Jeff Bezos using some loose change he found in one of his coats bought the Washington Post. Old news. Everyone believes he is positioning himself for political power. Which might be somewhat correct.
But consider this speculation in the world of publishing. the old system had gate keepers and middlemen who did quite well. Publishers, editors, agents who would score very nicely with best sellers and near best sellers.
Entire Amazon and disrupt the industry to the point where many of the old school are utterly confused and have no vision. They cannot even pick JK Rowling out of the slush pile when given the opportunity.
One of the gate keepers has been the best seller lists maintained by the large newspapers. NY Times best seller list being the gold standard. This item is not under the control of Amazon and focuses on big dog authors doing big dog sales.
The indie market is much bigger. More hamburger is sold than filet minion. But NY Times is not about hamburger.
Amazon just bought out Goodreads a few months ago.
Watch for a repurposing at Washington Post to match Amazons publishing ambitions and bringing more independent authors to the lime light. This is make it more compelling to read Washington Post and drive sales at Amazon.
But I’m just speculating. But it does create a virtuous circle of self sustaining activity which otherwise did not exist. The literary sections of many papers have been labours of love and chronically unprofitable. Watch for changes.
George Gutowski writes from a caveat emptor perspective.
Image by kieren mccarthy via Flickr
Washington Post (NYSE:WPO) posted anemic Q1 results. Newsweek has been sold and is no longer a factor. Media such as print and cable are declining and are not creating shareholder wealth opportunities. The major division is now Kaplans. Everyone is supposed to be focused on additional education and skills upgrades. Turns out to be a parking spot for the unemployed. Enrollment is falling as the jobless rate improves.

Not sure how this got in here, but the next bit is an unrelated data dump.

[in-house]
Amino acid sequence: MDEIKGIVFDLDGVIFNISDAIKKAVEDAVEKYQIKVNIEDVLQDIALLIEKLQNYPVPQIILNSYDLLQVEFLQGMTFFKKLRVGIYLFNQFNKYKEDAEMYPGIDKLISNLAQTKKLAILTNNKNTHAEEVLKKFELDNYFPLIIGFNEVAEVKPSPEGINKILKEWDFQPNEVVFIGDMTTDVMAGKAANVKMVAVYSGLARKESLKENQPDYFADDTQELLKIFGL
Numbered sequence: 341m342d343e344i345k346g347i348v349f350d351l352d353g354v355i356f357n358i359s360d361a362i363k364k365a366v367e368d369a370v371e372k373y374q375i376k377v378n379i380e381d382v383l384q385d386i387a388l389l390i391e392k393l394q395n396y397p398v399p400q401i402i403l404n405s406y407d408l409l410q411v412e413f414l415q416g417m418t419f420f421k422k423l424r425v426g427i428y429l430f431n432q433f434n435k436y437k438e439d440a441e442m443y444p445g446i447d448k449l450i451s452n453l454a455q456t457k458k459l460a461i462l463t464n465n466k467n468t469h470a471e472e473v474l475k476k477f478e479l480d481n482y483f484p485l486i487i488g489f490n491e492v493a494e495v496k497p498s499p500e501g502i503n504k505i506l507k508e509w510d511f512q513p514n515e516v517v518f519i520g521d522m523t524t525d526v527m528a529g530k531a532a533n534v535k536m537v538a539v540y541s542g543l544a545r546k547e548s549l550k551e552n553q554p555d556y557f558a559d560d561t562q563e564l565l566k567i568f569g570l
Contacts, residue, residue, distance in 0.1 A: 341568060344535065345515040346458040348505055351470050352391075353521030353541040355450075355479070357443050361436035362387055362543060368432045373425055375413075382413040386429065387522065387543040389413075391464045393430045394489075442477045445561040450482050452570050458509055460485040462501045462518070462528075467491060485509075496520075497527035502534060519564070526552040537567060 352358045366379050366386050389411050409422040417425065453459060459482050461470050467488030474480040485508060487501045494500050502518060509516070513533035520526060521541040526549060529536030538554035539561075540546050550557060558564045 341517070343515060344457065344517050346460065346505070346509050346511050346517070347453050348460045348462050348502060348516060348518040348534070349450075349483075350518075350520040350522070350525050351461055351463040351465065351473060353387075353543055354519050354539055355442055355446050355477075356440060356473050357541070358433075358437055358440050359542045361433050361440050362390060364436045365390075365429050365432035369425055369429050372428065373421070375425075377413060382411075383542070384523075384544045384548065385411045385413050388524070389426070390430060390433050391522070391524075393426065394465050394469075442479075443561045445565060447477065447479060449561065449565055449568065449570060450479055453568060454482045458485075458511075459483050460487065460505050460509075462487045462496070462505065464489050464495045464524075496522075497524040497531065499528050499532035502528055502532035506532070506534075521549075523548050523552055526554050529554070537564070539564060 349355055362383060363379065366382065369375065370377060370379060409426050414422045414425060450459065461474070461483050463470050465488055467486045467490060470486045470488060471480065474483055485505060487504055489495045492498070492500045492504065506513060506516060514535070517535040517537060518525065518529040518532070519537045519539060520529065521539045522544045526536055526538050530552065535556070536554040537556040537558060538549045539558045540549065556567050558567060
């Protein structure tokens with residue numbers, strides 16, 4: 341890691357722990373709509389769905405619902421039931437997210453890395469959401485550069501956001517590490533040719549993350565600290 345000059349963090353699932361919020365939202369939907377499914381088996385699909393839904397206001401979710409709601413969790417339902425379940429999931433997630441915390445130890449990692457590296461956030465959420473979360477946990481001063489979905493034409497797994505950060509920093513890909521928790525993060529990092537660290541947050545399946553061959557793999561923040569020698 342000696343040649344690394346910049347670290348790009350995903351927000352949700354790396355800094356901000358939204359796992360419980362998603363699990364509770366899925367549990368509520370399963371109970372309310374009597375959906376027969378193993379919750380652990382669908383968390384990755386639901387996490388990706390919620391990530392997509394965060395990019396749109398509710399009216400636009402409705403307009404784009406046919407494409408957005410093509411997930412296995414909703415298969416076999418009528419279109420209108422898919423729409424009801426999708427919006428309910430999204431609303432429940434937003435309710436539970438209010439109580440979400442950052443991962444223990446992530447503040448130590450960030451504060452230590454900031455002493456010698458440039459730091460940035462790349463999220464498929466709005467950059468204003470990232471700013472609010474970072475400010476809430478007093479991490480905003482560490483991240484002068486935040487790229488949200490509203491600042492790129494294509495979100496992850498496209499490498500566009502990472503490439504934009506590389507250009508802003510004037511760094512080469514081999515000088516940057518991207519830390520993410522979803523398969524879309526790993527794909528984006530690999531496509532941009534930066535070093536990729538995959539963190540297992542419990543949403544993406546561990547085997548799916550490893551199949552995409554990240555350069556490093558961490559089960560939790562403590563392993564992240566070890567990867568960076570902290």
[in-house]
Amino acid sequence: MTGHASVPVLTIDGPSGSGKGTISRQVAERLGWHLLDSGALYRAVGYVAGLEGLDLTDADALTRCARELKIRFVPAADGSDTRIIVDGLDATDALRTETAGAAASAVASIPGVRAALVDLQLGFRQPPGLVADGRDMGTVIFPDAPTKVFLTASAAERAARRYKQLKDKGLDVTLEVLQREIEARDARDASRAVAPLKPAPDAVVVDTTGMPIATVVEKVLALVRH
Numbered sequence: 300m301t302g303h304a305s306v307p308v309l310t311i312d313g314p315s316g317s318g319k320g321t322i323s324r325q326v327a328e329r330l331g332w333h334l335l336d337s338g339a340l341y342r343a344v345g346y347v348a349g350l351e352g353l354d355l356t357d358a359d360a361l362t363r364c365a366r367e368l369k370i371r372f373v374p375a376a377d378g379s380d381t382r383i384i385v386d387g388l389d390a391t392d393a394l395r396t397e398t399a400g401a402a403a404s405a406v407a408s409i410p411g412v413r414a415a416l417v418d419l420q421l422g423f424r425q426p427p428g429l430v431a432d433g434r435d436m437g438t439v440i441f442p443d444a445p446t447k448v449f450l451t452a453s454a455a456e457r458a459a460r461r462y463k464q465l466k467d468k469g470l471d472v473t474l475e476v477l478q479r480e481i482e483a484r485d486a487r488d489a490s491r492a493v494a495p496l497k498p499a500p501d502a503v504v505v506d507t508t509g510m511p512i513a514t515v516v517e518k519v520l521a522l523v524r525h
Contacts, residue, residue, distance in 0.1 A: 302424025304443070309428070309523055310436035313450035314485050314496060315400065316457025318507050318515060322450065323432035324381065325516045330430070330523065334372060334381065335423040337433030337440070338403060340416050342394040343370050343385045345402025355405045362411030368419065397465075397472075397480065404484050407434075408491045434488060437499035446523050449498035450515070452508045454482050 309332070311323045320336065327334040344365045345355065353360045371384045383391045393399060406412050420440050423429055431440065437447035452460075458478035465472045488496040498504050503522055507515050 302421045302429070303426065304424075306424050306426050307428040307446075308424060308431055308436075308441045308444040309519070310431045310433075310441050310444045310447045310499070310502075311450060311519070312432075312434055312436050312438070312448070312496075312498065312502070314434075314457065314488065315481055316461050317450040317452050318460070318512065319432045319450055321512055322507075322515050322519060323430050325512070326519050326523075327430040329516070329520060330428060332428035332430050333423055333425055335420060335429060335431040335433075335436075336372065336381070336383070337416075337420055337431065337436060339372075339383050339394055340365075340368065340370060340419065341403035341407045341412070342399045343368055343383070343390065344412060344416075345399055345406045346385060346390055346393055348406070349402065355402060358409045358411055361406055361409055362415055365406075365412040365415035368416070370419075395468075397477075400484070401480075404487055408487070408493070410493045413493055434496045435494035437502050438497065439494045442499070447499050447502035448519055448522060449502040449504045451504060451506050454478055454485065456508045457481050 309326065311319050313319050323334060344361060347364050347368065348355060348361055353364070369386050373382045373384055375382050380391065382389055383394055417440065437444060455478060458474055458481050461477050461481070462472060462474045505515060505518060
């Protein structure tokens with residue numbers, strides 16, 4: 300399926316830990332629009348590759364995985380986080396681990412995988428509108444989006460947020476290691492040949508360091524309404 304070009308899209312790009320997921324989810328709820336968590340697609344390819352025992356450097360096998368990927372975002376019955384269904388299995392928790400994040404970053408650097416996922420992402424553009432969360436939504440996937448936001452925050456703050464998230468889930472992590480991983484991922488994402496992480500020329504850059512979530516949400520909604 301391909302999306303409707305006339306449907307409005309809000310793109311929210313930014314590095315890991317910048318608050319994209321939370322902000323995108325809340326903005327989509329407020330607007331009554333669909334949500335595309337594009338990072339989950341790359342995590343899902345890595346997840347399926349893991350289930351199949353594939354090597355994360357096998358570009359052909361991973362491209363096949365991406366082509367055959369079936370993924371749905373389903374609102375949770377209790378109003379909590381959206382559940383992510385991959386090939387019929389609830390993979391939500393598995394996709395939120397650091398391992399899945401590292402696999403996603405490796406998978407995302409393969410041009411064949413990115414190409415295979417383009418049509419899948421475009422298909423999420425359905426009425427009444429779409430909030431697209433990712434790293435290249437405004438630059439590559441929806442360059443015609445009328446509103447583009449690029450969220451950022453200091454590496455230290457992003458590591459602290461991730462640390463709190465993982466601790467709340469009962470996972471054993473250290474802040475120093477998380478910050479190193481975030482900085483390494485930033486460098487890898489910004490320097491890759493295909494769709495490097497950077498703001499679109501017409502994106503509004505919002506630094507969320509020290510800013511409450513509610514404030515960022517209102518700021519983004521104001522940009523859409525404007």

So now we have a media driven company whose revenues decrease in down economies as advertising drops coupled with an education company whose revenues increase in a down economy. Washington Post has become a neutral hedge.
So where is the dividend? If the company is neutral to economic circumstances will investors be paid to hold it? If not why would you bother. Revenues and net income are so off, the dividend is looking vulnerable.
The key tell is looking at how the Q1 press release was constructed. There are no quotes attributable to executives. There are no comments about operations or future expectations. The press release was an elevator analysis focusing on the superficialites. No value added commentary was provided.
When your income drops radically, management needs to speak to dividend security. Mushroom treatment is not acceptable.
- WaPo Reduces Print Declines, Display Rises More Slowly (paidcontent.org)
- WaPo’s Print Picture Improves Slightly, As Digital Grows Stronger (paidcontent.org)
- Outside the Box: Warren Buffett is the smartest idiot I know (marketwatch.com)
- Private Education Stocks Slammed By Worries Over Weak Enrollment (APOL, COCO, DV, WPO) (businessinsider.com)
- Berkshire Hathaway & Buffett’s Latest Stock Holdings ‘S to Z’ (BRK-B, BRK-A, SNY, TMK, USB, USG, UPS, WMT, WPO, WFC, WSC) (247wallst.com)
- MarketWatch First Take: Washington Post Co. earnings: uh-oh (marketwatch.com)
- Washington Post Execs Bury Heads In Sand After 66% Decline In Profit (mogulite.com)